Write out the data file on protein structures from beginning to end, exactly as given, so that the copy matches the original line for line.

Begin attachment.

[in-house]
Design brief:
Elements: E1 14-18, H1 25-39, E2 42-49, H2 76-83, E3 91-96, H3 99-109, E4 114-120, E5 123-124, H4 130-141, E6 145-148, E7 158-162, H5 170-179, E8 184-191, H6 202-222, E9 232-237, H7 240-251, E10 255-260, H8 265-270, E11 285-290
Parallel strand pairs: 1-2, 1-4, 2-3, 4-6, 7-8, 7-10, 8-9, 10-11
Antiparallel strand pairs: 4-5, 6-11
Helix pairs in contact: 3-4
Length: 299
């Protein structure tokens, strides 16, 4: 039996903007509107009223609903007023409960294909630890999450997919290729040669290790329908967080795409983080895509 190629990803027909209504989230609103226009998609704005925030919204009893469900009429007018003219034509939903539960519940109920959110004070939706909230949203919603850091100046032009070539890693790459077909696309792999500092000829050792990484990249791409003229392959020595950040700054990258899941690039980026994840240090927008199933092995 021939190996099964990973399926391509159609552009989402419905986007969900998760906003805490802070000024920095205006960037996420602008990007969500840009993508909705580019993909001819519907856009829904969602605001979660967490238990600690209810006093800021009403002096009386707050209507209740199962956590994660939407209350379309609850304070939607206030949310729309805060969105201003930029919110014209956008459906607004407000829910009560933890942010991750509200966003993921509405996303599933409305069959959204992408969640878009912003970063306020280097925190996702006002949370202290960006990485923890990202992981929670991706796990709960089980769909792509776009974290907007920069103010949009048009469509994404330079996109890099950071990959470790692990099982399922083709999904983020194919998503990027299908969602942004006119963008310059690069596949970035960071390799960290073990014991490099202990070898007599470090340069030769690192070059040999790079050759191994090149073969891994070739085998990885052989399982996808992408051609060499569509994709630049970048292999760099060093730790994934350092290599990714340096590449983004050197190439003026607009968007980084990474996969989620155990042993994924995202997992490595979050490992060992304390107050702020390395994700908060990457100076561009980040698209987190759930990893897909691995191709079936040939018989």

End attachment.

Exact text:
[in-house]
Design brief:
Elements: E1 14-18, H1 25-39, E2 42-49, H2 76-83, E3 91-96, H3 99-109, E4 114-120, E5 123-124, H4 130-141, E6 145-148, E7 158-162, H5 170-179, E8 184-191, H6 202-222, E9 232-237, H7 240-251, E10 255-260, H8 265-270, E11 285-290
Parallel strand pairs: 1-2, 1-4, 2-3, 4-6, 7-8, 7-10, 8-9, 10-11
Antiparallel strand pairs: 4-5, 6-11
Helix pairs in contact: 3-4
Length: 299
């Protein structure tokens, strides 16, 4: 039996903007509107009223609903007023409960294909630890999450997919290729040669290790329908967080795409983080895509 190629990803027909209504989230609103226009998609704005925030919204009893469900009429007018003219034509939903539960519940109920959110004070939706909230949203919603850091100046032009070539890693790459077909696309792999500092000829050792990484990249791409003229392959020595950040700054990258899941690039980026994840240090927008199933092995 021939190996099964990973399926391509159609552009989402419905986007969900998760906003805490802070000024920095205006960037996420602008990007969500840009993508909705580019993909001819519907856009829904969602605001979660967490238990600690209810006093800021009403002096009386707050209507209740199962956590994660939407209350379309609850304070939607206030949310729309805060969105201003930029919110014209956008459906607004407000829910009560933890942010991750509200966003993921509405996303599933409305069959959204992408969640878009912003970063306020280097925190996702006002949370202290960006990485923890990202992981929670991706796990709960089980769909792509776009974290907007920069103010949009048009469509994404330079996109890099950071990959470790692990099982399922083709999904983020194919998503990027299908969602942004006119963008310059690069596949970035960071390799960290073990014991490099202990070898007599470090340069030769690192070059040999790079050759191994090149073969891994070739085998990885052989399982996808992408051609060499569509994709630049970048292999760099060093730790994934350092290599990714340096590449983004050197190439003026607009968007980084990474996969989620155990042993994924995202997992490595979050490992060992304390107050702020390395994700908060990457100076561009980040698209987190759930990893897909691995191709079936040939018989």